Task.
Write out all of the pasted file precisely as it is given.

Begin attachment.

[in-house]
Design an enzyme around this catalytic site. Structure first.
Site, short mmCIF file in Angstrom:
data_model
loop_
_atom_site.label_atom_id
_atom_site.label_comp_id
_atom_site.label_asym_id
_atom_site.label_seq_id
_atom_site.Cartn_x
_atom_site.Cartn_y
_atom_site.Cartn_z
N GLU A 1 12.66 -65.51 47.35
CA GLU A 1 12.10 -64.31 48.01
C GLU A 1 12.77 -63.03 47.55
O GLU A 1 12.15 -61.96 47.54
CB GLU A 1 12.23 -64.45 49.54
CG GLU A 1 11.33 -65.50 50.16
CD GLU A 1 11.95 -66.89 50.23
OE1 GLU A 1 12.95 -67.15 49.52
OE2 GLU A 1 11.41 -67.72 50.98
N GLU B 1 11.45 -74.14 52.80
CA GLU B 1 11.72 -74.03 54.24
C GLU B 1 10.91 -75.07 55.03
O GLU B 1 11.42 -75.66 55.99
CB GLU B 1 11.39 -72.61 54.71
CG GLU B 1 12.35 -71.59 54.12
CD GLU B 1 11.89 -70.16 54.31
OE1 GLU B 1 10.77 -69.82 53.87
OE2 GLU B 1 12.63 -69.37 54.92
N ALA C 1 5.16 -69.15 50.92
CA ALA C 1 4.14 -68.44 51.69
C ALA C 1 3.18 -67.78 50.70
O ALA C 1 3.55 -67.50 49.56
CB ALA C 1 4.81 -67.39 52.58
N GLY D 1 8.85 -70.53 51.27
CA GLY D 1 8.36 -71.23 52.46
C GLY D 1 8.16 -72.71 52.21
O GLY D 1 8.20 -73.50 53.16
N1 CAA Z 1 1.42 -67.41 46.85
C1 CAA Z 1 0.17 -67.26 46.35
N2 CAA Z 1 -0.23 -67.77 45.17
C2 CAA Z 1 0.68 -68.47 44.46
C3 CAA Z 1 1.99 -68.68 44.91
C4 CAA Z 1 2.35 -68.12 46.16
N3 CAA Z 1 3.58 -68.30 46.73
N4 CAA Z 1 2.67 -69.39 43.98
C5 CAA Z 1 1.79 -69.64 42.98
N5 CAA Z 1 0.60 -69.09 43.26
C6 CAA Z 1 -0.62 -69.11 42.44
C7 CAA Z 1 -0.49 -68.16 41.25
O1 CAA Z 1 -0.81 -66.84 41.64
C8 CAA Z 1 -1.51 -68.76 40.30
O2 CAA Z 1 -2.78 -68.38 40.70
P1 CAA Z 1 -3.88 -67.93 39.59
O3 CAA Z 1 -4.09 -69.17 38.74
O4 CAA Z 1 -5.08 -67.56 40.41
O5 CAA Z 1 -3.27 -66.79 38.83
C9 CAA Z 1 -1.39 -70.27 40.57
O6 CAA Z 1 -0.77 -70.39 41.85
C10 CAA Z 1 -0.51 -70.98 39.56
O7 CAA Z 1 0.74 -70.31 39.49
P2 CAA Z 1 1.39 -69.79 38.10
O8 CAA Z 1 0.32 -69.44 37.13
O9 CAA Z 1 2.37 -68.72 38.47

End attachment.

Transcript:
[in-house]
Design an enzyme around this catalytic site. Structure first.
Site, short mmCIF file in Angstrom:
data_model
loop_
_atom_site.label_atom_id
_atom_site.label_comp_id
_atom_site.label_asym_id
_atom_site.label_seq_id
_atom_site.Cartn_x
_atom_site.Cartn_y
_atom_site.Cartn_z
N GLU A 1 12.66 -65.51 47.35
CA GLU A 1 12.10 -64.31 48.01
C GLU A 1 12.77 -63.03 47.55
O GLU A 1 12.15 -61.96 47.54
CB GLU A 1 12.23 -64.45 49.54
CG GLU A 1 11.33 -65.50 50.16
CD GLU A 1 11.95 -66.89 50.23
OE1 GLU A 1 12.95 -67.15 49.52
OE2 GLU A 1 11.41 -67.72 50.98
N GLU B 1 11.45 -74.14 52.80
CA GLU B 1 11.72 -74.03 54.24
C GLU B 1 10.91 -75.07 55.03
O GLU B 1 11.42 -75.66 55.99
CB GLU B 1 11.39 -72.61 54.71
CG GLU B 1 12.35 -71.59 54.12
CD GLU B 1 11.89 -70.16 54.31
OE1 GLU B 1 10.77 -69.82 53.87
OE2 GLU B 1 12.63 -69.37 54.92
N ALA C 1 5.16 -69.15 50.92
CA ALA C 1 4.14 -68.44 51.69
C ALA C 1 3.18 -67.78 50.70
O ALA C 1 3.55 -67.50 49.56
CB ALA C 1 4.81 -67.39 52.58
N GLY D 1 8.85 -70.53 51.27
CA GLY D 1 8.36 -71.23 52.46
C GLY D 1 8.16 -72.71 52.21
O GLY D 1 8.20 -73.50 53.16
N1 CAA Z 1 1.42 -67.41 46.85
C1 CAA Z 1 0.17 -67.26 46.35
N2 CAA Z 1 -0.23 -67.77 45.17
C2 CAA Z 1 0.68 -68.47 44.46
C3 CAA Z 1 1.99 -68.68 44.91
C4 CAA Z 1 2.35 -68.12 46.16
N3 CAA Z 1 3.58 -68.30 46.73
N4 CAA Z 1 2.67 -69.39 43.98
C5 CAA Z 1 1.79 -69.64 42.98
N5 CAA Z 1 0.60 -69.09 43.26
C6 CAA Z 1 -0.62 -69.11 42.44
C7 CAA Z 1 -0.49 -68.16 41.25
O1 CAA Z 1 -0.81 -66.84 41.64
C8 CAA Z 1 -1.51 -68.76 40.30
O2 CAA Z 1 -2.78 -68.38 40.70
P1 CAA Z 1 -3.88 -67.93 39.59
O3 CAA Z 1 -4.09 -69.17 38.74
O4 CAA Z 1 -5.08 -67.56 40.41
O5 CAA Z 1 -3.27 -66.79 38.83
C9 CAA Z 1 -1.39 -70.27 40.57
O6 CAA Z 1 -0.77 -70.39 41.85
C10 CAA Z 1 -0.51 -70.98 39.56
O7 CAA Z 1 0.74 -70.31 39.49
P2 CAA Z 1 1.39 -69.79 38.10
O8 CAA Z 1 0.32 -69.44 37.13
O9 CAA Z 1 2.37 -68.72 38.47